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Leadership and Activism, Learning at its Best, Philosophical Meanderings

March to Democracy

learn by aaron schmidt

learn by aaron schmidt

The primary feature of democratic education is equal student and teacher participation in learning and school governance.  Independent democratic schools – like Sudbury schools – typify the theory of democratic education in practice.  At these schools

  • Students and teachers participate as equals in a direct democracy responsible for all school governance decisions – including hiring and “judicial” rulings.
  • Students take responsibility for their educations and curricula.
  • Students take responsibility for their environment.
  • Students can work in mixed-age groups.
  • Students use experience and play, as well as self-directed study, for learning.
  • Teachers facilitate student-directed learning, going so far as to recruit mentors for students interested in learning beyond the school’s means.
  • Teachers share administrative work.

Democratic schools are also remarkable because of what they lack and eschew.  At democratic schools there are no

  • Grades or grade levels.
  • Labels, levels, or tracks.
  • Principals.
  • Prescribed curricula.
  • Tests apart from those required by the school democracy or taken as part of the college admissions process.
  • Vetoes of majority rule.

These schools operate in stark contrast to traditional public schools.  Whereas democratic schools rely on students to learn and practice freedom, responsibility, and democracy, traditional public schools condition students to compliance, external control, and authoritarianism. Whereas democratic schools count on students’ failures to help them learn; traditional public schools punish failure.  Whereas democratic schools operate on notions of equality, traditional public schools establish strict hierarchies amongst adults, amongst children, and between adults and children.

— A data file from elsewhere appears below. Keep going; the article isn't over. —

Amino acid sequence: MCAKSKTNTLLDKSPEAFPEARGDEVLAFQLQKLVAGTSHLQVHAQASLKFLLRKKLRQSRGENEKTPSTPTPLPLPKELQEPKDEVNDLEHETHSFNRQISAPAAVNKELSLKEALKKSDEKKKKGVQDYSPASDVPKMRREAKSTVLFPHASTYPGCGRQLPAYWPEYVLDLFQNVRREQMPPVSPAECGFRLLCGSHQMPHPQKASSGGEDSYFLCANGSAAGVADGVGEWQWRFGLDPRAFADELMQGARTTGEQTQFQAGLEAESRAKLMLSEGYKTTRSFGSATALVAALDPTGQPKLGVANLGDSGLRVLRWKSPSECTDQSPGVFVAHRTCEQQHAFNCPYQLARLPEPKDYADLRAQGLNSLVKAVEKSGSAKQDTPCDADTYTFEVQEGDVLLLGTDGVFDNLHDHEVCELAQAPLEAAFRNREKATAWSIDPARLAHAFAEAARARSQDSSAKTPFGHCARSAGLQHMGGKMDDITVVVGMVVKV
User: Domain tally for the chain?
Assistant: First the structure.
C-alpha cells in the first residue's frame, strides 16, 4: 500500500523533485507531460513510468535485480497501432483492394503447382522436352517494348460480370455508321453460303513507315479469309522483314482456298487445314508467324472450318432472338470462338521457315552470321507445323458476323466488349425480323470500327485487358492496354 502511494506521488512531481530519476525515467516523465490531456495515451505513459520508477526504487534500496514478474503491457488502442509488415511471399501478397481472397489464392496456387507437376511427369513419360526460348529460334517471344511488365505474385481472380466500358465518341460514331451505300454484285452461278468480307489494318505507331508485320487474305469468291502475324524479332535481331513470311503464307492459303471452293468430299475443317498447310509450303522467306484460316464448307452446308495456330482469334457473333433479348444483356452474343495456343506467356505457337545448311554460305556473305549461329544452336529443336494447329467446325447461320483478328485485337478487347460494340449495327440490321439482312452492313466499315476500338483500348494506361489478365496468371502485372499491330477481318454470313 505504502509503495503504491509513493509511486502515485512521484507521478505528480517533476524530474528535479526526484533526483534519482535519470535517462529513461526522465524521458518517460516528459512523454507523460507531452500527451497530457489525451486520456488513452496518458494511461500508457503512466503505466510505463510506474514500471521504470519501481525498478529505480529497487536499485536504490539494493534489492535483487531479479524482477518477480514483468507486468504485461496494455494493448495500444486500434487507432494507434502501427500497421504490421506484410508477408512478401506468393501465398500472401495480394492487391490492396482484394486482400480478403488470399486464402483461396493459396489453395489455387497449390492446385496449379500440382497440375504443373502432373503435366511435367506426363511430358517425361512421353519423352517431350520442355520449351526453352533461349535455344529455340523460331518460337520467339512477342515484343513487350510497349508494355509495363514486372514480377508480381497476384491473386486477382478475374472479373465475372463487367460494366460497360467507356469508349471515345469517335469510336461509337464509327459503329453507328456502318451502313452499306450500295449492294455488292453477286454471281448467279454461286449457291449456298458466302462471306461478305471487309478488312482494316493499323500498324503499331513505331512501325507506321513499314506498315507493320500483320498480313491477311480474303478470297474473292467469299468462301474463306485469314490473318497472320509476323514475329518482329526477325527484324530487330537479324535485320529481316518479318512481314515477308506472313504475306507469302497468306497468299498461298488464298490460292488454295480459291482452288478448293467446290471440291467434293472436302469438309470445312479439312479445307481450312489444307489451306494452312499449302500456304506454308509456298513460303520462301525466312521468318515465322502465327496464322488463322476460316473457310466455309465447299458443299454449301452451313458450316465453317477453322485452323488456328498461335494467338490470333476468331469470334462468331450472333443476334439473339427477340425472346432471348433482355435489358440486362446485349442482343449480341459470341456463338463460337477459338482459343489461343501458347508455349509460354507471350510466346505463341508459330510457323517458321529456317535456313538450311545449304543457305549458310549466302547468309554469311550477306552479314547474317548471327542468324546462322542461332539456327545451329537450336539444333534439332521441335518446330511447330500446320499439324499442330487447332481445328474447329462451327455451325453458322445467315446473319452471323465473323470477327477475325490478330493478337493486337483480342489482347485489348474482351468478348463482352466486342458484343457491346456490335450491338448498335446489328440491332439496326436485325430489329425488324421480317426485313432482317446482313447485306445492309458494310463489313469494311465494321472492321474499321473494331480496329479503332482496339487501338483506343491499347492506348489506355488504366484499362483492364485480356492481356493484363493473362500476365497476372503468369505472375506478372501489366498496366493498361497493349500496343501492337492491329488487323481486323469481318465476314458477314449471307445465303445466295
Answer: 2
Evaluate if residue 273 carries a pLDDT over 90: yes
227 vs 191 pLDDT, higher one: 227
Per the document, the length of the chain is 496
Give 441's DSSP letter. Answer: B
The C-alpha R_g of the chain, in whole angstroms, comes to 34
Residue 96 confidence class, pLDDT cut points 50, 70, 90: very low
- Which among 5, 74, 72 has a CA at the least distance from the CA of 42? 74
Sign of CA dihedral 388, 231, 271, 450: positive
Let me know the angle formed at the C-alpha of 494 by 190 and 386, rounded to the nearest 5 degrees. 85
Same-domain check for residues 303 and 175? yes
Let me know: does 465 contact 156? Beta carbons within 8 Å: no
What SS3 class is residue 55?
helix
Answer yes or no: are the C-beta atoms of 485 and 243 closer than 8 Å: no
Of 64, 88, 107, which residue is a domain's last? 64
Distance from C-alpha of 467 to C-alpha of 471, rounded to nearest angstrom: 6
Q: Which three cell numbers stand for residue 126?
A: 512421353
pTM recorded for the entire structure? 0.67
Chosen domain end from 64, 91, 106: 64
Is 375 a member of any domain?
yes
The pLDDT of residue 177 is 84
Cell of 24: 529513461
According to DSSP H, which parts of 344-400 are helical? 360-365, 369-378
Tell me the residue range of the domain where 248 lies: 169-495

Whereas democratic schools hold students accountable for their learning, traditional public schools don’t.

Moreover, the biggest obstacle to schools, teachers, and students holding themselves accountable for learning in public schools is our state and federal governments’ insistence that schools, teachers, and students are accountable to them.

American public education is consuming itself in pursuit of a damning syllogism: adults can only consider themselves the best when children do the best on tests of what adults say is the minimum children should know. With the way public schools are structured, rewarded, and punished, it’s disingenuous to say otherwise despite all the rhetoric we can cite.

Who knows what our kids know?  Who knows what they can do?  It’s been forever since public education dared share power with them – or with their parents and teachers. Without power, how far do we really expect our kids to go?  To the top of the pile of test-takers.  Here’s the thing: when you play King of the Mountain, there’s only one King of the Mountain.  Hence, our public education system more closely resembles the medieval great chain of being than your typical day at a democratic school.

So what?

We’re all truly accountable for whatever measure of complicity or resistance we practice in this system.  Our classrooms and schools and communities and nation reflect our collective will or lack thereof in education reform.

What can we do in public education to restructure schools in support of true and direct democracy?

I suggest we start a federal “March to Democracy” initiative to fund the democratization of American public schools with the following provisions: